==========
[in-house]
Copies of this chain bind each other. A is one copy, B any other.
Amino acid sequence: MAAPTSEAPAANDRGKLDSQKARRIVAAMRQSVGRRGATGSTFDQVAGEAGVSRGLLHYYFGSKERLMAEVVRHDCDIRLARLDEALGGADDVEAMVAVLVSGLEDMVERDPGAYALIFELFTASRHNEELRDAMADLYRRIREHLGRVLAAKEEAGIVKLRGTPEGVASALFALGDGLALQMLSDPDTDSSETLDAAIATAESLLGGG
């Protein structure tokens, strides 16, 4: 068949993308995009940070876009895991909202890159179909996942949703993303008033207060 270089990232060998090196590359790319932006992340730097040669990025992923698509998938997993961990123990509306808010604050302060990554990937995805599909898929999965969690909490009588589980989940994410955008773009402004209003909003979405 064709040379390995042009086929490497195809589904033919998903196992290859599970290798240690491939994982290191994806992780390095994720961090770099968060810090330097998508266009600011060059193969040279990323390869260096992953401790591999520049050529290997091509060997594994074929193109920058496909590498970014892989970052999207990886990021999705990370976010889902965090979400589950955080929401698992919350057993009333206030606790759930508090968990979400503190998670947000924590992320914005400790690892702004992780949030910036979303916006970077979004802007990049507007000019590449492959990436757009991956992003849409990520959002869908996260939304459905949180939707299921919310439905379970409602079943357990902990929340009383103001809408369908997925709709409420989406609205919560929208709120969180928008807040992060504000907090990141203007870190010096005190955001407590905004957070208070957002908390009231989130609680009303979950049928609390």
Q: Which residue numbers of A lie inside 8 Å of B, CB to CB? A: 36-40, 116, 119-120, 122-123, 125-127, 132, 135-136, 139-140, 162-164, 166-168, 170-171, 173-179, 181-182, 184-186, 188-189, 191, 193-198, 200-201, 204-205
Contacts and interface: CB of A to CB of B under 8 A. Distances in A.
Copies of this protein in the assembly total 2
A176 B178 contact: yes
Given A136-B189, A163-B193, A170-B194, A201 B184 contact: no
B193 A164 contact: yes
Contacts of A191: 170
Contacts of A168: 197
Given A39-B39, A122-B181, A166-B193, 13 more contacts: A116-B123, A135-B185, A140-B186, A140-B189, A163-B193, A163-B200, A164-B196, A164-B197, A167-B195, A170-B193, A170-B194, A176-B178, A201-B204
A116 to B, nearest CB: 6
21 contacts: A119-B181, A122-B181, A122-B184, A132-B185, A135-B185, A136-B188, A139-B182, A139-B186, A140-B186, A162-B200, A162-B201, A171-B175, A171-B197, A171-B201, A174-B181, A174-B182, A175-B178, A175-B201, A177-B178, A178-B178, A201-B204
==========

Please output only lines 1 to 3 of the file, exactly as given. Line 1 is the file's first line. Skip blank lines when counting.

[in-house]
Copies of this chain bind each other. A is one copy, B any other.
Amino acid sequence: MAAPTSEAPAANDRGKLDSQKARRIVAAMRQSVGRRGATGSTFDQVAGEAGVSRGLLHYYFGSKERLMAEVVRHDCDIRLARLDEALGGADDVEAMVAVLVSGLEDMVERDPGAYALIFELFTASRHNEELRDAMADLYRRIREHLGRVLAAKEEAGIVKLRGTPEGVASALFALGDGLALQMLSDPDTDSSETLDAAIATAESLLGGG